This is what Ben told me to expect when I got to the Romanian airport: “You will exit the plane on to the tarmac and be ushered into a stinky bus. You will then pass through a passport check. If you get in the wrong line, they will yell at you. After that, go straight to the baggage claim and go right to where the baggage shoots out, so your bag doesn't get stolen. In Romania, things such as lines, politeness, and patience have not yet been invented, so push to the front. If your bag is missing, go to the second office. If you go to the first one, they will yell at you. After you file a claim, come outside and look for me. Don't go with some person holding a sign with your name on it. (Apparently, my husband also thinks I might be a dumb American blonde.)
So, here's how it actually went down: the bus wasn't really that stinky, no one yelled at me, but they did lose my luggage. And boy, was he ever right about there being no such thing as politeness. I was standing in the "line" to the lost baggage office and yet five men cut right in front of me. Not one, FIVE. MEN. Ethan would have been screaming his head off: "Ladies first, ladies first!!!"
Luckily, I was sort of planning on them losing my luggage so I was not too distraught and I had a carry-on stocked with clothes and toiletries. I was finally able to go out and see Ben and I got to listen to him call the lost and found office from outside the airport and converse with them about my bag in Romanian. It was hot (As in, I love listening to my husband speak Romanian. But it was also about 95 degrees.) Then we took off in a taxi to head for the hotel.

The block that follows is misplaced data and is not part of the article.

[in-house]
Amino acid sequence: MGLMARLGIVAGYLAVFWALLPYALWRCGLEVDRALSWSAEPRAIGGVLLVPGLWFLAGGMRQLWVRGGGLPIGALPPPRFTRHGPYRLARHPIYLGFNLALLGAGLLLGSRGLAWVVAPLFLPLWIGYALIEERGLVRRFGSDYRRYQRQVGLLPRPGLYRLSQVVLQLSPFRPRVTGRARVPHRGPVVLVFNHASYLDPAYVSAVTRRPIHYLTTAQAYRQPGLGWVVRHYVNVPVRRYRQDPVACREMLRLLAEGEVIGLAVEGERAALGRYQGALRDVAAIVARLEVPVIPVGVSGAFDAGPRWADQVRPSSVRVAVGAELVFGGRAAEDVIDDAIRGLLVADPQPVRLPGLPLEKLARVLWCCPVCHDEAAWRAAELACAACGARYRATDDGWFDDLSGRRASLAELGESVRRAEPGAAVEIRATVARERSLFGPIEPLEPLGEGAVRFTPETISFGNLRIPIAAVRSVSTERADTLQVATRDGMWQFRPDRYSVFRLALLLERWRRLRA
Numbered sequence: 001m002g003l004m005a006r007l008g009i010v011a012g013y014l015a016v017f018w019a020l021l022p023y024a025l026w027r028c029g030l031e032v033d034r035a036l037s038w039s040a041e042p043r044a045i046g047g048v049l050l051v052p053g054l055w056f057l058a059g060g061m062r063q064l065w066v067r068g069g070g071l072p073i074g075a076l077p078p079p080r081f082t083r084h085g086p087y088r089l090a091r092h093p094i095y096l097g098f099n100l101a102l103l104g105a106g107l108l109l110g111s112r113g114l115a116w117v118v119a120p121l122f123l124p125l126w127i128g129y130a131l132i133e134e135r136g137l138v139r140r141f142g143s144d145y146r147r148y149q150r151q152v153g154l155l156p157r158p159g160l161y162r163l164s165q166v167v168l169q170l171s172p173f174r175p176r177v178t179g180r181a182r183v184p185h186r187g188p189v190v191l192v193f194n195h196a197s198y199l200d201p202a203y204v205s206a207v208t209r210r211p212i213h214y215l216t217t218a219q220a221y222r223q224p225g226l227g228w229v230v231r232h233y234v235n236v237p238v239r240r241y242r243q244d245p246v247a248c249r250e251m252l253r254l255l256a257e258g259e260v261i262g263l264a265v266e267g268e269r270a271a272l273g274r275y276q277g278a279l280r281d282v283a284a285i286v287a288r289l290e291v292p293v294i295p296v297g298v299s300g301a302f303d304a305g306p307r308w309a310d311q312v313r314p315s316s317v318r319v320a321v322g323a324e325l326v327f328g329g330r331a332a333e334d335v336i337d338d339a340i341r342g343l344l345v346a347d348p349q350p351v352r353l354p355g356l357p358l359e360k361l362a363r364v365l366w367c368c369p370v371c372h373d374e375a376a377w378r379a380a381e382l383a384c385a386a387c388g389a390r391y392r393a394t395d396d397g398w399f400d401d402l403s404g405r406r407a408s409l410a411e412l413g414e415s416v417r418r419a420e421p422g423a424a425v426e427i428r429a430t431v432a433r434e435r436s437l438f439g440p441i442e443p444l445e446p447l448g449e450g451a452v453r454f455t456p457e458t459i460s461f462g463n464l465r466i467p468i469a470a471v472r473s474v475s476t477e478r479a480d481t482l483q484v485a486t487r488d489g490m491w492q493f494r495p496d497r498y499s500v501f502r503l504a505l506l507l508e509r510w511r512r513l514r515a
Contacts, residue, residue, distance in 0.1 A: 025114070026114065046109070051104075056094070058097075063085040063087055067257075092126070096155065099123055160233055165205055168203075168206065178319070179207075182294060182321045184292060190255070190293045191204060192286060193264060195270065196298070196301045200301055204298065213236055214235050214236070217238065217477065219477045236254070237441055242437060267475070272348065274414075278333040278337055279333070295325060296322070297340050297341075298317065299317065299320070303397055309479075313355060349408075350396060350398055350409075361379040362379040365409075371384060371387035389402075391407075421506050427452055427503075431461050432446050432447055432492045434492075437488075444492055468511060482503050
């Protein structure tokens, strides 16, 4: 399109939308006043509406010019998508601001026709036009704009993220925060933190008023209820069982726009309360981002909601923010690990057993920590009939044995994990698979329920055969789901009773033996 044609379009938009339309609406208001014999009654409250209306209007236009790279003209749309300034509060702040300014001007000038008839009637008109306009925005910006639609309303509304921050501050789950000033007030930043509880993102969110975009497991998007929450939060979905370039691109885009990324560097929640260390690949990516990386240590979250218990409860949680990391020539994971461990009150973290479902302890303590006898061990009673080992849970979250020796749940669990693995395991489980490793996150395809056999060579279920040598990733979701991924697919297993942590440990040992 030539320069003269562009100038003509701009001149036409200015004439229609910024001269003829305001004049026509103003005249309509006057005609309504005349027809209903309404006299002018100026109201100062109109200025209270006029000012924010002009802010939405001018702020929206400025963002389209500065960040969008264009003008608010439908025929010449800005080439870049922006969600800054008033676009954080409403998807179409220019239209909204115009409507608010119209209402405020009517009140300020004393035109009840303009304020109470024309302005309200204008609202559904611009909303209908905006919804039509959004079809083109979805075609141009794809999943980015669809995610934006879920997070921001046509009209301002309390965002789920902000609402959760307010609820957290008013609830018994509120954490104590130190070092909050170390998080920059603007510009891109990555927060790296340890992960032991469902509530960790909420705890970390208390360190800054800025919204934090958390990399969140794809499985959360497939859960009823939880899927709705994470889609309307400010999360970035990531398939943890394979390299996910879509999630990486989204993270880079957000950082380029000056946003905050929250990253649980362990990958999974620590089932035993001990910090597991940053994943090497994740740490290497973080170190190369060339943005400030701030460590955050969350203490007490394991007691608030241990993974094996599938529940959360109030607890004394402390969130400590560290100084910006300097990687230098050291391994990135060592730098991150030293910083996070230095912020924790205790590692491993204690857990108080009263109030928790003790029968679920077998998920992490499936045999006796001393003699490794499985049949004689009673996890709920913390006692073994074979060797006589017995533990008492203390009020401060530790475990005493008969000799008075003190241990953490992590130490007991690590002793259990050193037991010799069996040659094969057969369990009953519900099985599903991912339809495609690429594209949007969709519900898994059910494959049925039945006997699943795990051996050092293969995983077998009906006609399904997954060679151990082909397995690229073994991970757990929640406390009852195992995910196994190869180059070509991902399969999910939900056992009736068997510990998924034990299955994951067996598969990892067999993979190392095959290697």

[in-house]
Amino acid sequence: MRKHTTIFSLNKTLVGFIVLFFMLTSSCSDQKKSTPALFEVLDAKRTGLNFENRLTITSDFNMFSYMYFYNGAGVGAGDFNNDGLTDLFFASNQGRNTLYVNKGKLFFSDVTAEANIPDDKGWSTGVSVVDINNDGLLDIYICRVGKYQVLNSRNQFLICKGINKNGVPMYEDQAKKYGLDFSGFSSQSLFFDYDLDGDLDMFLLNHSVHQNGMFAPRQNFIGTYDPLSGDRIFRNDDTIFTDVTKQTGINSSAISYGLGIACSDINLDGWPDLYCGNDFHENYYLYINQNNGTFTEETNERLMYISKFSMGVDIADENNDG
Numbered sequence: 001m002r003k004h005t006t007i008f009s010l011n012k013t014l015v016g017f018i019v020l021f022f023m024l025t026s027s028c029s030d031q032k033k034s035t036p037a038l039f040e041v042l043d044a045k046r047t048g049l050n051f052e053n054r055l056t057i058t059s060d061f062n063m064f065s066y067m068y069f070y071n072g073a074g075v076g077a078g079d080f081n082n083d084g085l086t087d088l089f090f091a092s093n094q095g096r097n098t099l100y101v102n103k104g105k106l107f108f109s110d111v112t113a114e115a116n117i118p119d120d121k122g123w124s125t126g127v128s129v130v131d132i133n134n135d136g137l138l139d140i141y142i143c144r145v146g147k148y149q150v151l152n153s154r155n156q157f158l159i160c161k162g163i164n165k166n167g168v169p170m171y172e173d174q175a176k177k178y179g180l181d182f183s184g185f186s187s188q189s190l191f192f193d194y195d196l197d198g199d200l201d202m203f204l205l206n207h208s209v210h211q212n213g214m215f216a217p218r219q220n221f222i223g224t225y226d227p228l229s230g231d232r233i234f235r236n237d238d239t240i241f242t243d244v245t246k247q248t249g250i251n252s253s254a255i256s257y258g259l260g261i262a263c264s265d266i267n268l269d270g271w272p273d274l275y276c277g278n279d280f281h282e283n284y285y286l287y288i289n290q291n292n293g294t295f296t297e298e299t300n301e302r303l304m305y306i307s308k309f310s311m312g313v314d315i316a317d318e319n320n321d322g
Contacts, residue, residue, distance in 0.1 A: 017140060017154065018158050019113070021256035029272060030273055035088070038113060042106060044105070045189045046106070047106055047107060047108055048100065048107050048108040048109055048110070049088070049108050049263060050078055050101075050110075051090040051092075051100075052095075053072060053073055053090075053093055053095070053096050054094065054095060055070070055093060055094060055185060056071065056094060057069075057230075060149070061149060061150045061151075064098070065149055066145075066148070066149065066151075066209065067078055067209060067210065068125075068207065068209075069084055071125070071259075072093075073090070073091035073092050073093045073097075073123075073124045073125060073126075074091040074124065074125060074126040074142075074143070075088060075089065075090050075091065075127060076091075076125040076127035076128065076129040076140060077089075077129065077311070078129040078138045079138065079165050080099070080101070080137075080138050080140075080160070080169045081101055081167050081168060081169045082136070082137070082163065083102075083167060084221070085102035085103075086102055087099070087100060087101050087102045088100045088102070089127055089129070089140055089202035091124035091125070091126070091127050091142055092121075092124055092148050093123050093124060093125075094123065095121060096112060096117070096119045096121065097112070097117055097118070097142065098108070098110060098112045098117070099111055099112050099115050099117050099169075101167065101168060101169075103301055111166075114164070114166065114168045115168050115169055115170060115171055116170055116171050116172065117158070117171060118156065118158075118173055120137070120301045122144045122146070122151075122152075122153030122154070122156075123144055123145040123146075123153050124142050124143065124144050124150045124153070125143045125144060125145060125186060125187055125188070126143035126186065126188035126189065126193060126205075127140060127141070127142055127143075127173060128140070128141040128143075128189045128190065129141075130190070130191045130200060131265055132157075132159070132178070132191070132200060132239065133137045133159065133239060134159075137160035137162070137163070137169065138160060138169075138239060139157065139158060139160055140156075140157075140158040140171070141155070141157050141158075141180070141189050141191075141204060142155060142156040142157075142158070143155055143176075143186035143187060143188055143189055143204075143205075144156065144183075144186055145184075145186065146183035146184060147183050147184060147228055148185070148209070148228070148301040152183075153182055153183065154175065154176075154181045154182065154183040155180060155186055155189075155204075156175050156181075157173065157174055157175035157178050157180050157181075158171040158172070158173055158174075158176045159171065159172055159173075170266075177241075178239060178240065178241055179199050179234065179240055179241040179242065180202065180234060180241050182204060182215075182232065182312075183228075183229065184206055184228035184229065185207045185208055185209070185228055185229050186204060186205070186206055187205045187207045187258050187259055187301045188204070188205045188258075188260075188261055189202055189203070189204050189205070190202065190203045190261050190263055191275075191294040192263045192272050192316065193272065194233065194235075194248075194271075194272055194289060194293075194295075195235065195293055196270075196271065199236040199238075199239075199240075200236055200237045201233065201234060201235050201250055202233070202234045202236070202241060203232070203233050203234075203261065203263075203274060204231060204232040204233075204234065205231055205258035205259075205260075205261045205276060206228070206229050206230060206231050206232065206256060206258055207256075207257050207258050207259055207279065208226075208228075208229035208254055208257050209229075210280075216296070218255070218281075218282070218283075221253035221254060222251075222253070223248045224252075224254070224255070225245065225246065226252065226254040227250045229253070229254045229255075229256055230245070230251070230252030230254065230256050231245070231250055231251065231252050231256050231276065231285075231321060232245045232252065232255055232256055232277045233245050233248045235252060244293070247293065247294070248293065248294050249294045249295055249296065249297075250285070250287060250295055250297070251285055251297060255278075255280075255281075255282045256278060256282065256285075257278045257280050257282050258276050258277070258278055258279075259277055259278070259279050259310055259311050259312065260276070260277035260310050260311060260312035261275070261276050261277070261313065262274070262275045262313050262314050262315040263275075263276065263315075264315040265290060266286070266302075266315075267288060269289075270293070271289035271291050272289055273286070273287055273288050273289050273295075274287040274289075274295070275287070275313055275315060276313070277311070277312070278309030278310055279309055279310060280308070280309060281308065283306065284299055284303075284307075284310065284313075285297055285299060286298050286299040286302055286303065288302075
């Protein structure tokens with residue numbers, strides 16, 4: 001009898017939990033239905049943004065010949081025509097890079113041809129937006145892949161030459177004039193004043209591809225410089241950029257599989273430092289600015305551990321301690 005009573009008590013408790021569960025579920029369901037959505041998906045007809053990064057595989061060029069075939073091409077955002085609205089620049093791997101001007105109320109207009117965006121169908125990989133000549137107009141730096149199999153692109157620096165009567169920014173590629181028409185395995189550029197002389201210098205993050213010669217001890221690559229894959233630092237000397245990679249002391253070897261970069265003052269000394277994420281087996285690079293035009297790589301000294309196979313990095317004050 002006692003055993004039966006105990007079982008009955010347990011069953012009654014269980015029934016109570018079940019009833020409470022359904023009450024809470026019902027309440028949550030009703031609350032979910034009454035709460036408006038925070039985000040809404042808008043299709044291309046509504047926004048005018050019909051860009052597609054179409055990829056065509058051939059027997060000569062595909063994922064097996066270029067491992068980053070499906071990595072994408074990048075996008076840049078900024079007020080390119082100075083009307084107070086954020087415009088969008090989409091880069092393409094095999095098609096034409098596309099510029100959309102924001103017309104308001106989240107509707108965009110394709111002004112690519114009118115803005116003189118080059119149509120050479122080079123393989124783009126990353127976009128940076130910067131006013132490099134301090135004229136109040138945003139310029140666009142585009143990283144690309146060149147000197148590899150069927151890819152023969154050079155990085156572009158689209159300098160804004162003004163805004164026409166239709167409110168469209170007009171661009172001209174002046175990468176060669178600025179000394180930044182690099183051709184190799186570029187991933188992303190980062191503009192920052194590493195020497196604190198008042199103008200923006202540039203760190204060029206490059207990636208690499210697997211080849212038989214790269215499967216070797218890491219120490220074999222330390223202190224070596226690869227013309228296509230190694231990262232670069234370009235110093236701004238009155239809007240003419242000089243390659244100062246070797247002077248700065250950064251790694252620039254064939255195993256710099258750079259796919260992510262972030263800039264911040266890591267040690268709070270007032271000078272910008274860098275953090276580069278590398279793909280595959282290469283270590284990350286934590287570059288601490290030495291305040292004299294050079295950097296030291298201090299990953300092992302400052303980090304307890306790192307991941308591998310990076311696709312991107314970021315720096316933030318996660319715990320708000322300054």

Romania is a fascinating place. There are all of these huge, beautiful old buildings adorned with graffiti and window air conditioning units, set amidst dilapidated streets and littered sidewalks. Ben got it right when he said that the air smells of garbage mixed with cigarette smoke. They drive like crazy people and yet wear no seat belts. The taxis don’t even have seat belts.
After checking into the Hotel Venezia, we walked to a restaurant called La Mama, which served traditional Romanian fare. I loved the meatball soup with borsch and herbs, but did not really enjoy the meat cooked in cabbage with polenta, which was the most Romanian of all dishes, according to Ben. Over dinner, Ben told me about his past month here and I especially enjoyed hearing about the boss at his firm, who always greeted Ben and his friend with “My wonderful American friends…” Apparently, he sounded exactly like the Count on Sesame Street, but with a lisp. I’m sorry I didn’t get to meet him. We walked around some of the city and I marveled some more at the gorgeous buildings that no one can afford to maintain. Ben told me the history of the Revolution of December 1989 as we stood in Revolution Square. He said there’s actually a video on Youtube of Ceausescu, the last Communist president in Romania, standing on the balcony of the CC Building in the Square, trying to pacify the starving citizens who were hissing at him. The day was supposed to be a celebration of him and he was actually shocked that the people were so angry. I just can’t believe that all of this change has occurred within this country within my lifetime. It’s crazy to be in Eastern Europe.
I will have more stories and pictures in the next post...